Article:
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Thursday, October 27, 2016

The Writer's Life 10/27 - Movie House Fun

Tax revenue in NYC from April-August was down. Expect a new blitz of nuisance tickets.

James Kallstrom is the former Assistant Director of the FBI. Here's short clip of his emotional view on the election:

Here's a fun article appropriate for Halloween from It was written by Jay Serafino, edited by your truly: In order to become a true classic, a horror flick can't just work on the surface; it has to get inside the head. That's what a technique dubbed "Psycho-Rama" tried to achieve. My World Dies Screaming, later renamed Terror in the Haunted House (1958) introduced audiences to subliminal imagery designed to have the scares sink in more deeply than in a conventional film. Skulls, snakes, ghoulish faces and the word "Death" appeared on-screen for a fraction of a second—not long enough for anyone to consciously notice, but enough to make folks uneasy. Psycho-Rama didn't really catch on with the public or the film industry, but directors like William Friedkin, The Exorcist (1972), have used the technique.
William Castle didn't make a name for himself in the film industry by directing classics. He relied on shock and shlock to fill theater seats. His movies were full of what audiences craved at the time: horror, gore, terror, suspense and a heaping helping of camp. But his true genius was marketing—and the gimmicks he used are legendary amongst horror fans. His most famous stunt was a life insurance policy he purchased for every member of an audience that paid to see Macabre (1958), a real policy backed by Lloyd's of London. The family of anyone who died of fright in his/her seat would have received $1000. Of course, the policy didn't cover anyone with a preexisting medical condition or someone who committed suicide during the screening.
Then there was Hypno-Vista. James Nicholson, president of American International Pictures, suggested that a lecture by a hypnotist precede Horrors of the Black Museum (1959), whose plot focused on a hypnotizing killer. For 13 minutes, Dr. Emile Franchel talked about the science behind hypnotism -- and then tried to hypnotize the audience in order to have them feel more immersed in the story. Nowadays it comes off as overlong and dry, but it got people into theaters back then. Screenwriter Herman Cohen claimed the lecture had to be removed whenever the movie aired on TV, as it did, in fact, hypnotize some people.
Alfred Hitchcock's insistence that no audience member be admitted into Psycho (1960) once the movie started garnered a lot of publicity. The Master of Suspense's reasoning was less publicity and more about audience satisfaction. Because Janet Leigh is killed off so early in the picture, he didn't want people to miss the murder and feel misled by the marketing. The tactic wasn't completely novel. The groundbreaking French film Les Diaboliques (1955) had a similar policy. This was an era when people would stroll into a screening at any point in the running time, so to have a director insist on showing up at the outset was a novel way to pique interest.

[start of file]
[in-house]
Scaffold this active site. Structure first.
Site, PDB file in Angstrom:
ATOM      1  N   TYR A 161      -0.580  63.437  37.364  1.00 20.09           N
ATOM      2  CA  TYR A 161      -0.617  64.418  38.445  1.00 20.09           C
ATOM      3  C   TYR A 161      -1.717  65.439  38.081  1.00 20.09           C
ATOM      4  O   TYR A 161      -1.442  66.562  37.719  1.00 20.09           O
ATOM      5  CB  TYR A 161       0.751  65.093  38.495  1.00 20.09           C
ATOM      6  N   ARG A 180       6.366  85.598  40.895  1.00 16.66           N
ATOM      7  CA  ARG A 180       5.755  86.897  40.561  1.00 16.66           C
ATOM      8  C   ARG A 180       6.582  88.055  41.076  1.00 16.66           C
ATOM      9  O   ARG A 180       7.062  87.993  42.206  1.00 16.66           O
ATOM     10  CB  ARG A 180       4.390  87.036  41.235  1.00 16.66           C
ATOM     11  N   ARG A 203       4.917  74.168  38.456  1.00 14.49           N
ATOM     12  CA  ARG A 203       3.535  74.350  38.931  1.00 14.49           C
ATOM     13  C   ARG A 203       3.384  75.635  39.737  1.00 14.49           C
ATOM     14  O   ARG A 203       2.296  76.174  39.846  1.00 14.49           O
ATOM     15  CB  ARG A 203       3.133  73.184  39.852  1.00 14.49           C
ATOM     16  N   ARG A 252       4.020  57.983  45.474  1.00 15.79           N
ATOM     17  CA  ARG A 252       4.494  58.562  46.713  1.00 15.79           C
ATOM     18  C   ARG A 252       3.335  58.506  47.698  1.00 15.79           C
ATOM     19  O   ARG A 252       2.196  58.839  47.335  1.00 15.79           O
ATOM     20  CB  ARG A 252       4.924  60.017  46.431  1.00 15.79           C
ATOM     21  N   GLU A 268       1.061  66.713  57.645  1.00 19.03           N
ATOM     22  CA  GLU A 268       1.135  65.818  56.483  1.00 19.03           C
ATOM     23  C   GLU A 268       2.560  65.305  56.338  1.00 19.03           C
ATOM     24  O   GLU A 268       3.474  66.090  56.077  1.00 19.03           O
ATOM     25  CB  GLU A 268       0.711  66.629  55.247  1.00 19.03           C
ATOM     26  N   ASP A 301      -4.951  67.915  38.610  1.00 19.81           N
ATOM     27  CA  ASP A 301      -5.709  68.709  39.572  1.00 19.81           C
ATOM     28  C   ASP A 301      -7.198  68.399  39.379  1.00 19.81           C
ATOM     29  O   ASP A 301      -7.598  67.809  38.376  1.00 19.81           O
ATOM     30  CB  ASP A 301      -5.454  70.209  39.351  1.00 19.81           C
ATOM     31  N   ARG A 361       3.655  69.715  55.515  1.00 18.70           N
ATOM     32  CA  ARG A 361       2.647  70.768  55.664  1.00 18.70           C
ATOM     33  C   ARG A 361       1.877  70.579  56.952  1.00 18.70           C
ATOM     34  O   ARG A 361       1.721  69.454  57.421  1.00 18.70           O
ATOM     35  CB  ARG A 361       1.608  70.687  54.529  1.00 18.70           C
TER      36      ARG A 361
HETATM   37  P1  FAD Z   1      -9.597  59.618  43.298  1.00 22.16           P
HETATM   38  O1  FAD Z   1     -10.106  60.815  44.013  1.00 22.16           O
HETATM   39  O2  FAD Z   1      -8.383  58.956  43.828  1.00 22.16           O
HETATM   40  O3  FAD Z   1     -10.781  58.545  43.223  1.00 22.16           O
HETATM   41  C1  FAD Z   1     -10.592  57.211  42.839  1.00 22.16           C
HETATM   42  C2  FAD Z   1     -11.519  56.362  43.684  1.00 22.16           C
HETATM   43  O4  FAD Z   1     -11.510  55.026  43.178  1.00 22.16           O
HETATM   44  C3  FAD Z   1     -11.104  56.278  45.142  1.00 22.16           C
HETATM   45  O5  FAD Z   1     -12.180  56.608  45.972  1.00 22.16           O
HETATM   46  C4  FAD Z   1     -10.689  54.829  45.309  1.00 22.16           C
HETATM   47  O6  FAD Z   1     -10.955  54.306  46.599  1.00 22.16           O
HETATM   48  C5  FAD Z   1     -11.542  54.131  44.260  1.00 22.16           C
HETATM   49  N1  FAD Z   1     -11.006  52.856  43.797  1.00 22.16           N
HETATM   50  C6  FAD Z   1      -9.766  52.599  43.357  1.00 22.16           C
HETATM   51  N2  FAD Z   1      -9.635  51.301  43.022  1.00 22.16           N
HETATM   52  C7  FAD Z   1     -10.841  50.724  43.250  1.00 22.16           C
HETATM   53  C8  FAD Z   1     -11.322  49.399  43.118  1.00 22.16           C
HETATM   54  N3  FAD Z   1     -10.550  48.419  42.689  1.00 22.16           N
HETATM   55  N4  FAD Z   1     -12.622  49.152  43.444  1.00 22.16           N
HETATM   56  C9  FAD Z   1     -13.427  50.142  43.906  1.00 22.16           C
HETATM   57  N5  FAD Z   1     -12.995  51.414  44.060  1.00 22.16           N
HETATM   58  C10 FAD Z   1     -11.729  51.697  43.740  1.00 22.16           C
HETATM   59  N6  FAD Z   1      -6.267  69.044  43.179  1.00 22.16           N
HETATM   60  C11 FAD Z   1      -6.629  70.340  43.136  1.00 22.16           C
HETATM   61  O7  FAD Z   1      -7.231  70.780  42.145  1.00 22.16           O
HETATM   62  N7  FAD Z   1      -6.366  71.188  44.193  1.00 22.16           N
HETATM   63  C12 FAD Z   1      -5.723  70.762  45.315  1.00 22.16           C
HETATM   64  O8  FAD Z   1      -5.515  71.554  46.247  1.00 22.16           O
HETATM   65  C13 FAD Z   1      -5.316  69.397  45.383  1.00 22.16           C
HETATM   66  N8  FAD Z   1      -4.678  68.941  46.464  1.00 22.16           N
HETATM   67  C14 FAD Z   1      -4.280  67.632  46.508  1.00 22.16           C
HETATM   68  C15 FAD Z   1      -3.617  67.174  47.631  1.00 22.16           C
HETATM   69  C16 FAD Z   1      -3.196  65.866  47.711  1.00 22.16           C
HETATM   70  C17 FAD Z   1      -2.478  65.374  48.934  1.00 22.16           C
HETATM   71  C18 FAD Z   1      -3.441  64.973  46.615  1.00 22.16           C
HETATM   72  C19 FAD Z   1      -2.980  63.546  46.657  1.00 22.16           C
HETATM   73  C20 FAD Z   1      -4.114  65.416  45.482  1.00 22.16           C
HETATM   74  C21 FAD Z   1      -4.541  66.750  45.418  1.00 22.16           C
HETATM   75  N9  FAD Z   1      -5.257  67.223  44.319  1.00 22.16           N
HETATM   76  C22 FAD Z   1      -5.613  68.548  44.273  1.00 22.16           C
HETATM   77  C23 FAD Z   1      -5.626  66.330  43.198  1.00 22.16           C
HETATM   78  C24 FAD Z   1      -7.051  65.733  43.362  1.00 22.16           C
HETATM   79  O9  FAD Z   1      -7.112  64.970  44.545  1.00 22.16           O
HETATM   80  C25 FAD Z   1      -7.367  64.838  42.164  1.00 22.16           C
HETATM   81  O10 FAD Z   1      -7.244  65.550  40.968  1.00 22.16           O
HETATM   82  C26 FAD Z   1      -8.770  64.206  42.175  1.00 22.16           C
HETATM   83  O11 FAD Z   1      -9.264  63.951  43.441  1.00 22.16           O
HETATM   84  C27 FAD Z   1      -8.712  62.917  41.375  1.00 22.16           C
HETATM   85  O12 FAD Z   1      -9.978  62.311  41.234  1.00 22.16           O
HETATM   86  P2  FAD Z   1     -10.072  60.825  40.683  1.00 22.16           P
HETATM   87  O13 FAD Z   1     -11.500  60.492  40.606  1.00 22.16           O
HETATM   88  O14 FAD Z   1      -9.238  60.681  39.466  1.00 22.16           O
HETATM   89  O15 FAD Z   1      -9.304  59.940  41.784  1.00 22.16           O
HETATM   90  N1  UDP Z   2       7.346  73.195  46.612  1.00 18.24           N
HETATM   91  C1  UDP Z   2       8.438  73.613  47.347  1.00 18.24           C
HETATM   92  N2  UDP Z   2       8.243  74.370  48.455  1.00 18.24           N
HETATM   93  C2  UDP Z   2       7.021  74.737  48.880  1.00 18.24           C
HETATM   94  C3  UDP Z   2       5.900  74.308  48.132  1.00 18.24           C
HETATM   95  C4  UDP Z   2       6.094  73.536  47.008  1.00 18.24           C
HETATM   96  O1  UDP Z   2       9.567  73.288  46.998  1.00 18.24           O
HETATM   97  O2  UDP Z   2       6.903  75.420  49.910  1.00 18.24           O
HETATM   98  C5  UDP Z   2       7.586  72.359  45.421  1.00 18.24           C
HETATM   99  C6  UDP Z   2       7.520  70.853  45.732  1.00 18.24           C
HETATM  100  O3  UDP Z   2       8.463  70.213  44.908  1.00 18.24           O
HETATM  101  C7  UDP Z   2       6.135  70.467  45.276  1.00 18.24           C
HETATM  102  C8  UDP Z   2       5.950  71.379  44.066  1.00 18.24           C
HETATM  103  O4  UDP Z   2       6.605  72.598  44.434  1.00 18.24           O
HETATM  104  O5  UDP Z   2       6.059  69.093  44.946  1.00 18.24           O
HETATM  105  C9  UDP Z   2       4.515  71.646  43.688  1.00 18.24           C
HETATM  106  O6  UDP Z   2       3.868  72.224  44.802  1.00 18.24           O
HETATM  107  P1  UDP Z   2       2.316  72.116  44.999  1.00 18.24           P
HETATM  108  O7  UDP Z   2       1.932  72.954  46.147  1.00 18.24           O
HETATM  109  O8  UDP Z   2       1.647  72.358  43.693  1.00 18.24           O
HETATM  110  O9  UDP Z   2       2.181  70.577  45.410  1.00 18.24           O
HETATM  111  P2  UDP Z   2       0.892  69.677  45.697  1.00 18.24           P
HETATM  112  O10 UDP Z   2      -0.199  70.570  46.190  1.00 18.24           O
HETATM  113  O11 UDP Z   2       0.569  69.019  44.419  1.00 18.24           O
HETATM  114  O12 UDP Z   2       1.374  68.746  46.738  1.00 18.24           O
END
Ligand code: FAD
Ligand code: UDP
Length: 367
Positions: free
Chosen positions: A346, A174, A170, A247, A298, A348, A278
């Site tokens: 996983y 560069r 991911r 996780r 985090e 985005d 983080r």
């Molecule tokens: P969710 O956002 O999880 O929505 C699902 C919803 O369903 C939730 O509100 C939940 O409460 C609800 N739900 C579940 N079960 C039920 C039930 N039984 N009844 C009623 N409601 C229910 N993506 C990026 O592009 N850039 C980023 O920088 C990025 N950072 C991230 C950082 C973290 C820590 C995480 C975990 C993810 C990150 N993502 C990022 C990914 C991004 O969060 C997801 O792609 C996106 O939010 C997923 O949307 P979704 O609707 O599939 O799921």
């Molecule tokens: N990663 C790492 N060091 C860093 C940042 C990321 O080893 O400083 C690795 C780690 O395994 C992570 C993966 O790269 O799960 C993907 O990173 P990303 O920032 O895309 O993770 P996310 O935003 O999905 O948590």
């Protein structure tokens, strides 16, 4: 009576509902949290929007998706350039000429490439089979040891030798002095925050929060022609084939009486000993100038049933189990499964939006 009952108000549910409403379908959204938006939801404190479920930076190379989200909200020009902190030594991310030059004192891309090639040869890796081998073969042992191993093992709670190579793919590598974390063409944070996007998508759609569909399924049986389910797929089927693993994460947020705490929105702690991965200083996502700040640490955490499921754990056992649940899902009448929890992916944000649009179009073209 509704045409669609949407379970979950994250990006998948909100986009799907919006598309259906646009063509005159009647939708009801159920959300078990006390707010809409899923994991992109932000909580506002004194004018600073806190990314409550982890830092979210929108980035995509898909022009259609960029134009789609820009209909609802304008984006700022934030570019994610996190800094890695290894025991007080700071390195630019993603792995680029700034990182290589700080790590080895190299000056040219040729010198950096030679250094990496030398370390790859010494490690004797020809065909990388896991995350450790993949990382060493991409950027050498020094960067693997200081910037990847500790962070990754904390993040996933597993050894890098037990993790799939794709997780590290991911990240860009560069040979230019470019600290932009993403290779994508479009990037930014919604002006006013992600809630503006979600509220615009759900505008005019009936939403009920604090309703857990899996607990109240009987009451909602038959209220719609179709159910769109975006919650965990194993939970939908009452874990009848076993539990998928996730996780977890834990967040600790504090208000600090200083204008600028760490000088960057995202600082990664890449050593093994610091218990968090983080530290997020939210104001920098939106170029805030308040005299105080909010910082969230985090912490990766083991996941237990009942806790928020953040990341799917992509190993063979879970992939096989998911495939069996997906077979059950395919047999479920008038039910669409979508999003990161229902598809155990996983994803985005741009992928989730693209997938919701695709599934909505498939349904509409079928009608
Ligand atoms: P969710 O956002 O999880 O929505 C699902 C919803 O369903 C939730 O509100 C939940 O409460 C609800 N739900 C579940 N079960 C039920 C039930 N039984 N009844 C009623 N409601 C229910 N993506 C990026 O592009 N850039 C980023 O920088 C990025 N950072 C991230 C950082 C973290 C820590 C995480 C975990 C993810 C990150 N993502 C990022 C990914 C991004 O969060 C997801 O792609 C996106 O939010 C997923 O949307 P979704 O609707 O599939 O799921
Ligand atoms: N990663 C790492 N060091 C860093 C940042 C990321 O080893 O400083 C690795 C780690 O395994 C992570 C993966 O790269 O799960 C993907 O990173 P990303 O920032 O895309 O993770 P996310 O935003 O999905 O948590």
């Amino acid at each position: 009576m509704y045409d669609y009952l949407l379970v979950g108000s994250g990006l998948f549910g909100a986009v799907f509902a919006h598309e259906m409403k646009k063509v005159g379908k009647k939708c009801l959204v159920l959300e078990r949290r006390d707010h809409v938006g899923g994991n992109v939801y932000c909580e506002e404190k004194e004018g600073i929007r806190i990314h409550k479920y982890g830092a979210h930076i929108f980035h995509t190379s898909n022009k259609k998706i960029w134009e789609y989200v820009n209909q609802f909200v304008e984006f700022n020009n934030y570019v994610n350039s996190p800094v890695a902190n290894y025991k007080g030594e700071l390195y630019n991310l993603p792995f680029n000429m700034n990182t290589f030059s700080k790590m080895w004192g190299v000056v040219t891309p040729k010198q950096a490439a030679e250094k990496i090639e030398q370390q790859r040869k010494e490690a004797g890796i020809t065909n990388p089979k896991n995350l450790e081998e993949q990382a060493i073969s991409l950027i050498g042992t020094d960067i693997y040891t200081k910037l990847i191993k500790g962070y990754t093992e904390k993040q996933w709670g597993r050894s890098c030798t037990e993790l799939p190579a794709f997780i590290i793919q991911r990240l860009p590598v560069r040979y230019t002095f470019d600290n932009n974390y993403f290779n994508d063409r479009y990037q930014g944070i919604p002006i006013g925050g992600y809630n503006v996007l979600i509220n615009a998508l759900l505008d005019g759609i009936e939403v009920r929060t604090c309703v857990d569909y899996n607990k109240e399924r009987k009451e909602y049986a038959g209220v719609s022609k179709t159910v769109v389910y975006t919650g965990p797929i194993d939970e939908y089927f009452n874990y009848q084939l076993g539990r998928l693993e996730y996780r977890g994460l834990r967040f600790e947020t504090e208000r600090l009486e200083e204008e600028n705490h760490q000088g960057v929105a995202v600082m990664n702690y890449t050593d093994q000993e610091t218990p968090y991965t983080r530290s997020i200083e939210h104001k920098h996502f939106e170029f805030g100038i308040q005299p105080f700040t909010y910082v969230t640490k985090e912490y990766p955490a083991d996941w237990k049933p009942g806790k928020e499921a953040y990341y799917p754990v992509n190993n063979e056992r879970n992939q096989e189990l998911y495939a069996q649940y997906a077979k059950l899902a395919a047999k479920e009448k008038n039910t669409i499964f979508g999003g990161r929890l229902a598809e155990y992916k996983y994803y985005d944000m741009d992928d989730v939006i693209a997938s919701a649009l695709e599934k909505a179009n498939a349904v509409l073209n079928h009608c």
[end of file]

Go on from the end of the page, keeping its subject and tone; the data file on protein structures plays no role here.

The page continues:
Another classic William Castle gimmick was the "fright break." While Homicidal (1961) was hurtling toward its gruesome climax, a clock would appear. Audience members had 45 seconds to leave and get a full refund. There was a catch, though. Those who left were shamed into a "coward's corner," a yellow cardboard booth supervised by a theater employee. And they were forced to sign a paper reading "I'm a bona-fide coward," before getting their money back. The risk of such humiliation kept most people seated.
The most interactive of William Castle's schlocky horror gimmicks put the fate of the film itself into the hands of the audience. Dubbed the "punishment poll," Castle devised a way to let viewers vote on the fate of the character in the movie Mr. Sardonicus (1961). Upon entering the theater, people were given a card with a picture of a thumb on it that would glow when a special light hit it. "Thumbs up" meant Mr. Sardonicus would be given mercy, "thumbs down" meant … well... Audiences never gave ol' Sardonicus the thumbs up. Although Castle claimed the happier ending was filmed and ready to go, no alternative ending has ever surfaced.
Most horror fans are masochists. They don't want to be entertained—they want to be terrified. So when the folks behind Mark of the Devil (1970) gave out free vomit bags, how could any self-respecting horror fan not be intrigued? It wasn't just the bags that the studio was advertising; it also claimed the film was rated V for violence—and maybe vomit?
Duo-Vision was hyped as the new storytelling in cinema—offering two times the terror for the price of one ticket. Of course Duo-Vision is just fancy marketing lingo for split-screen. Audiences saw a film from two completely different perspectives side-by-side. Wicked, Wicked (1973) was shot from the points of view of both the killer and his victims. Seems like a perfect concept for the horror genre, right? Well, Duo-Vision wasn't just employed during the movie's most horrific moments -- it was used during its entire 95-minutes. Brian De Palma used it to better effect in Sisters (1973) Alas, it soon fell out of favor.
Jay Serafino is a writer and editor for mental_floss. He has written extensively on movies, television, comic books and history.

The floating book shop was rained out today. My thanks to Frank, an old friend, who rated Close to the Edge five stars at Amazon.
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